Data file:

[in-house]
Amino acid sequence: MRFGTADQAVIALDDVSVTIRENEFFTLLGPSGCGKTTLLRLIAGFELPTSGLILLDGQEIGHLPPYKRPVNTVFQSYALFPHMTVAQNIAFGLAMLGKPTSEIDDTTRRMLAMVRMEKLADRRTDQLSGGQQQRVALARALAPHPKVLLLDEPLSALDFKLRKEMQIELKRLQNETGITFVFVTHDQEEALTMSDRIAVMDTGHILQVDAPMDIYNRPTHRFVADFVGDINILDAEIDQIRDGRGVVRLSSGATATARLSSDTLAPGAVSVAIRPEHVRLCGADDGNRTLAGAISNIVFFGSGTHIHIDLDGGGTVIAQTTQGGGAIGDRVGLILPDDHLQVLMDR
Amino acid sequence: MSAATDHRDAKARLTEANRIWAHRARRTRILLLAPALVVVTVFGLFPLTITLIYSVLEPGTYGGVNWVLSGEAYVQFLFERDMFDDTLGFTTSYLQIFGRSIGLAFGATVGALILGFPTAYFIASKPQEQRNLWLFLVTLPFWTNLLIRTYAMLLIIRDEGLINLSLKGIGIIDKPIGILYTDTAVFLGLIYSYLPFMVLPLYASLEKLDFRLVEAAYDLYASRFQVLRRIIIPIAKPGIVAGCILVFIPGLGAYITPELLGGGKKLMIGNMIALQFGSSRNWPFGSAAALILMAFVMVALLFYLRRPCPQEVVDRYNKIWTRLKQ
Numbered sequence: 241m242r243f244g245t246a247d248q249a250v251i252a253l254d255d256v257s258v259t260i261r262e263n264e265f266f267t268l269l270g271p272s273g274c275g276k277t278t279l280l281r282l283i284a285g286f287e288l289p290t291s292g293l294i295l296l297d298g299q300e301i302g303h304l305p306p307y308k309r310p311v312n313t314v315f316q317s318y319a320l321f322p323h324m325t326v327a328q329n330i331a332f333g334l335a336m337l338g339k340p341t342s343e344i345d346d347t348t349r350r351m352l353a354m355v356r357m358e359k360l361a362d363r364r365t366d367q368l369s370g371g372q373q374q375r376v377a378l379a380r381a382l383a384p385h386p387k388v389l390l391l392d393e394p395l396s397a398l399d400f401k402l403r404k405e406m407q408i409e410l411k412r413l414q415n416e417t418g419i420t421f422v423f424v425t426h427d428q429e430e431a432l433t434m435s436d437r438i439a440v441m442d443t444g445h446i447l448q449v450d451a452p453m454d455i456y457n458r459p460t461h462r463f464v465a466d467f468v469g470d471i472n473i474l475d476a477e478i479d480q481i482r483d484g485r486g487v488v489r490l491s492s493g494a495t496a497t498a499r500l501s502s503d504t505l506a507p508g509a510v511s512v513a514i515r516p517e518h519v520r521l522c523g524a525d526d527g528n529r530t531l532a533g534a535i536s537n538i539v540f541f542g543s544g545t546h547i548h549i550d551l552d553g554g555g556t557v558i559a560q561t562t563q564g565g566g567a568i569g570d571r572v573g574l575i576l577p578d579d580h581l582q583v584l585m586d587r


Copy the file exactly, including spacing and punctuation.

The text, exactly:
[in-house]
Amino acid sequence: MRFGTADQAVIALDDVSVTIRENEFFTLLGPSGCGKTTLLRLIAGFELPTSGLILLDGQEIGHLPPYKRPVNTVFQSYALFPHMTVAQNIAFGLAMLGKPTSEIDDTTRRMLAMVRMEKLADRRTDQLSGGQQQRVALARALAPHPKVLLLDEPLSALDFKLRKEMQIELKRLQNETGITFVFVTHDQEEALTMSDRIAVMDTGHILQVDAPMDIYNRPTHRFVADFVGDINILDAEIDQIRDGRGVVRLSSGATATARLSSDTLAPGAVSVAIRPEHVRLCGADDGNRTLAGAISNIVFFGSGTHIHIDLDGGGTVIAQTTQGGGAIGDRVGLILPDDHLQVLMDR
Amino acid sequence: MSAATDHRDAKARLTEANRIWAHRARRTRILLLAPALVVVTVFGLFPLTITLIYSVLEPGTYGGVNWVLSGEAYVQFLFERDMFDDTLGFTTSYLQIFGRSIGLAFGATVGALILGFPTAYFIASKPQEQRNLWLFLVTLPFWTNLLIRTYAMLLIIRDEGLINLSLKGIGIIDKPIGILYTDTAVFLGLIYSYLPFMVLPLYASLEKLDFRLVEAAYDLYASRFQVLRRIIIPIAKPGIVAGCILVFIPGLGAYITPELLGGGKKLMIGNMIALQFGSSRNWPFGSAAALILMAFVMVALLFYLRRPCPQEVVDRYNKIWTRLKQ
Numbered sequence: 241m242r243f244g245t246a247d248q249a250v251i252a253l254d255d256v257s258v259t260i261r262e263n264e265f266f267t268l269l270g271p272s273g274c275g276k277t278t279l280l281r282l283i284a285g286f287e288l289p290t291s292g293l294i295l296l297d298g299q300e301i302g303h304l305p306p307y308k309r310p311v312n313t314v315f316q317s318y319a320l321f322p323h324m325t326v327a328q329n330i331a332f333g334l335a336m337l338g339k340p341t342s343e344i345d346d347t348t349r350r351m352l353a354m355v356r357m358e359k360l361a362d363r364r365t366d367q368l369s370g371g372q373q374q375r376v377a378l379a380r381a382l383a384p385h386p387k388v389l390l391l392d393e394p395l396s397a398l399d400f401k402l403r404k405e406m407q408i409e410l411k412r413l414q415n416e417t418g419i420t421f422v423f424v425t426h427d428q429e430e431a432l433t434m435s436d437r438i439a440v441m442d443t444g445h446i447l448q449v450d451a452p453m454d455i456y457n458r459p460t461h462r463f464v465a466d467f468v469g470d471i472n473i474l475d476a477e478i479d480q481i482r483d484g485r486g487v488v489r490l491s492s493g494a495t496a497t498a499r500l501s502s503d504t505l506a507p508g509a510v511s512v513a514i515r516p517e518h519v520r521l522c523g524a525d526d527g528n529r530t531l532a533g534a535i536s537n538i539v540f541f542g543s544g545t546h547i548h549i550d551l552d553g554g555g556t557v558i559a560q561t562t563q564g565g566g567a568i569g570d571r572v573g574l575i576l577p578d579d580h581l582q583v584l585m586d587r